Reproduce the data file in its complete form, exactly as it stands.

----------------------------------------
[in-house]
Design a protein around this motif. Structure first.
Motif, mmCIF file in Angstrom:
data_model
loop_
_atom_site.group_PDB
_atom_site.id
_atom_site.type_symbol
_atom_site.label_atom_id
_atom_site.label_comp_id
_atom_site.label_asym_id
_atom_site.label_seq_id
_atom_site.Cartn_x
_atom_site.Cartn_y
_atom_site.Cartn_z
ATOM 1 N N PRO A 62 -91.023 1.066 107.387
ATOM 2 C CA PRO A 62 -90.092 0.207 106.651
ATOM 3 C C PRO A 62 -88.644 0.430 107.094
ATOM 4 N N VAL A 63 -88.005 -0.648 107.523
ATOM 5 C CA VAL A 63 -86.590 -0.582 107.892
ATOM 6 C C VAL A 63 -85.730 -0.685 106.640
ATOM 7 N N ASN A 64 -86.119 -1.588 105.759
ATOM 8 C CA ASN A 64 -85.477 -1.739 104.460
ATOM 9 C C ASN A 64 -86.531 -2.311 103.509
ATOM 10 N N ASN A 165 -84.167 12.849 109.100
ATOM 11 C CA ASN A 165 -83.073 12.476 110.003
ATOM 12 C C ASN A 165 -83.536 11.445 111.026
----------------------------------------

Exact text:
[in-house]
Design a protein around this motif. Structure first.
Motif, mmCIF file in Angstrom:
data_model
loop_
_atom_site.group_PDB
_atom_site.id
_atom_site.type_symbol
_atom_site.label_atom_id
_atom_site.label_comp_id
_atom_site.label_asym_id
_atom_site.label_seq_id
_atom_site.Cartn_x
_atom_site.Cartn_y
_atom_site.Cartn_z
ATOM 1 N N PRO A 62 -91.023 1.066 107.387
ATOM 2 C CA PRO A 62 -90.092 0.207 106.651
ATOM 3 C C PRO A 62 -88.644 0.430 107.094
ATOM 4 N N VAL A 63 -88.005 -0.648 107.523
ATOM 5 C CA VAL A 63 -86.590 -0.582 107.892
ATOM 6 C C VAL A 63 -85.730 -0.685 106.640
ATOM 7 N N ASN A 64 -86.119 -1.588 105.759
ATOM 8 C CA ASN A 64 -85.477 -1.739 104.460
ATOM 9 C C ASN A 64 -86.531 -2.311 103.509
ATOM 10 N N ASN A 165 -84.167 12.849 109.100
ATOM 11 C CA ASN A 165 -83.073 12.476 110.003
ATOM 12 C C ASN A 165 -83.536 11.445 111.026